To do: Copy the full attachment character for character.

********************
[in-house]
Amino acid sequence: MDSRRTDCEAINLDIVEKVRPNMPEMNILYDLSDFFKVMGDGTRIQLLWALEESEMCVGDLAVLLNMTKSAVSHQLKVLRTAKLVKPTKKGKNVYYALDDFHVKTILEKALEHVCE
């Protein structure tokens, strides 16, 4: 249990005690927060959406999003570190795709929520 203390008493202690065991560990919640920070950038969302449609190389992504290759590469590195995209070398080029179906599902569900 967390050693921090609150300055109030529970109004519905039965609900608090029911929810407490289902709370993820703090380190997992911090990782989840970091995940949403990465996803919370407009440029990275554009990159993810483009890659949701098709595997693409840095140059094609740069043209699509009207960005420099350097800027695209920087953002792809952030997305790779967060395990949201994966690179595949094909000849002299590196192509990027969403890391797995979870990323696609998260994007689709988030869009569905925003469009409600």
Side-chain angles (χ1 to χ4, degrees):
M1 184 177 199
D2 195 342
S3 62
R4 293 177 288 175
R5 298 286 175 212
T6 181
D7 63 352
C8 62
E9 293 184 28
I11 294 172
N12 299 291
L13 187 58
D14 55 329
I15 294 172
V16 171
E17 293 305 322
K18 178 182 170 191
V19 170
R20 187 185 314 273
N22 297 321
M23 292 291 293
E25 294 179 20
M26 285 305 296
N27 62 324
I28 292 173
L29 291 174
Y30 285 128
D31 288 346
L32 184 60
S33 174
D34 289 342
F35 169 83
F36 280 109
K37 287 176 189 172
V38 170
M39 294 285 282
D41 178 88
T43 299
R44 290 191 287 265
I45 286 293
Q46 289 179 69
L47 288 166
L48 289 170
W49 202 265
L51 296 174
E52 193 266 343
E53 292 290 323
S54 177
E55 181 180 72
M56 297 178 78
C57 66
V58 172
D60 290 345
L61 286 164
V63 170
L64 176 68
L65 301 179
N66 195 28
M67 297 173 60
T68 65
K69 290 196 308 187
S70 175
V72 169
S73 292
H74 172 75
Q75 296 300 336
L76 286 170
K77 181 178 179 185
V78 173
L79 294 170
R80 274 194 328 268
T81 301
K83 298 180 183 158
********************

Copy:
[in-house]
Amino acid sequence: MDSRRTDCEAINLDIVEKVRPNMPEMNILYDLSDFFKVMGDGTRIQLLWALEESEMCVGDLAVLLNMTKSAVSHQLKVLRTAKLVKPTKKGKNVYYALDDFHVKTILEKALEHVCE
């Protein structure tokens, strides 16, 4: 249990005690927060959406999003570190795709929520 203390008493202690065991560990919640920070950038969302449609190389992504290759590469590195995209070398080029179906599902569900 967390050693921090609150300055109030529970109004519905039965609900608090029911929810407490289902709370993820703090380190997992911090990782989840970091995940949403990465996803919370407009440029990275554009990159993810483009890659949701098709595997693409840095140059094609740069043209699509009207960005420099350097800027695209920087953002792809952030997305790779967060395990949201994966690179595949094909000849002299590196192509990027969403890391797995979870990323696609998260994007689709988030869009569905925003469009409600």
Side-chain angles (χ1 to χ4, degrees):
M1 184 177 199
D2 195 342
S3 62
R4 293 177 288 175
R5 298 286 175 212
T6 181
D7 63 352
C8 62
E9 293 184 28
I11 294 172
N12 299 291
L13 187 58
D14 55 329
I15 294 172
V16 171
E17 293 305 322
K18 178 182 170 191
V19 170
R20 187 185 314 273
N22 297 321
M23 292 291 293
E25 294 179 20
M26 285 305 296
N27 62 324
I28 292 173
L29 291 174
Y30 285 128
D31 288 346
L32 184 60
S33 174
D34 289 342
F35 169 83
F36 280 109
K37 287 176 189 172
V38 170
M39 294 285 282
D41 178 88
T43 299
R44 290 191 287 265
I45 286 293
Q46 289 179 69
L47 288 166
L48 289 170
W49 202 265
L51 296 174
E52 193 266 343
E53 292 290 323
S54 177
E55 181 180 72
M56 297 178 78
C57 66
V58 172
D60 290 345
L61 286 164
V63 170
L64 176 68
L65 301 179
N66 195 28
M67 297 173 60
T68 65
K69 290 196 308 187
S70 175
V72 169
S73 292
H74 172 75
Q75 296 300 336
L76 286 170
K77 181 178 179 185
V78 173
L79 294 170
R80 274 194 328 268
T81 301
K83 298 180 183 158